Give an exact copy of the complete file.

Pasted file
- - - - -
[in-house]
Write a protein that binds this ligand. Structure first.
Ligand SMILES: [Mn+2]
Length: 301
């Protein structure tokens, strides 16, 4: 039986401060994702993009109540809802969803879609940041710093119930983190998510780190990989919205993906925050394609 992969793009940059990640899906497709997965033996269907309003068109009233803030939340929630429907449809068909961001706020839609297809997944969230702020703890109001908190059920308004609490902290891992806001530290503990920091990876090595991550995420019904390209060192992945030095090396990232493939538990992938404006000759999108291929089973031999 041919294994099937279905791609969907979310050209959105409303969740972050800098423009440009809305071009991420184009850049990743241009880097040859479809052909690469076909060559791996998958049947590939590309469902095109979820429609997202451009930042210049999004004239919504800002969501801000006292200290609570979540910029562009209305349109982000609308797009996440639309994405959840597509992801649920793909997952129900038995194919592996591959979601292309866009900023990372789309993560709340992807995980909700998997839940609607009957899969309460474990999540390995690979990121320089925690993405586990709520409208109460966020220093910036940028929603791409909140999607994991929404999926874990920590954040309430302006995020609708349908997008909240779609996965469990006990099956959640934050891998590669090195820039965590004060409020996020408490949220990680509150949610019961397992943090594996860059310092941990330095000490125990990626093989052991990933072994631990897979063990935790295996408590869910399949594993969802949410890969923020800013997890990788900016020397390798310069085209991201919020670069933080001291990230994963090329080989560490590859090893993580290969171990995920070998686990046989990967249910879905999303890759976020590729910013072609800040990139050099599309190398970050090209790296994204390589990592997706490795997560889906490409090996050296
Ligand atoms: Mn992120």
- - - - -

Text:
[in-house]
Write a protein that binds this ligand. Structure first.
Ligand SMILES: [Mn+2]
Length: 301
């Protein structure tokens, strides 16, 4: 039986401060994702993009109540809802969803879609940041710093119930983190998510780190990989919205993906925050394609 992969793009940059990640899906497709997965033996269907309003068109009233803030939340929630429907449809068909961001706020839609297809997944969230702020703890109001908190059920308004609490902290891992806001530290503990920091990876090595991550995420019904390209060192992945030095090396990232493939538990992938404006000759999108291929089973031999 041919294994099937279905791609969907979310050209959105409303969740972050800098423009440009809305071009991420184009850049990743241009880097040859479809052909690469076909060559791996998958049947590939590309469902095109979820429609997202451009930042210049999004004239919504800002969501801000006292200290609570979540910029562009209305349109982000609308797009996440639309994405959840597509992801649920793909997952129900038995194919592996591959979601292309866009900023990372789309993560709340992807995980909700998997839940609607009957899969309460474990999540390995690979990121320089925690993405586990709520409208109460966020220093910036940028929603791409909140999607994991929404999926874990920590954040309430302006995020609708349908997008909240779609996965469990006990099956959640934050891998590669090195820039965590004060409020996020408490949220990680509150949610019961397992943090594996860059310092941990330095000490125990990626093989052991990933072994631990897979063990935790295996408590869910399949594993969802949410890969923020800013997890990788900016020397390798310069085209991201919020670069933080001291990230994963090329080989560490590859090893993580290969171990995920070998686990046989990967249910879905999303890759976020590729910013072609800040990139050099599309190398970050090209790296994204390589990592997706490795997560889906490409090996050296
Ligand atoms: Mn992120």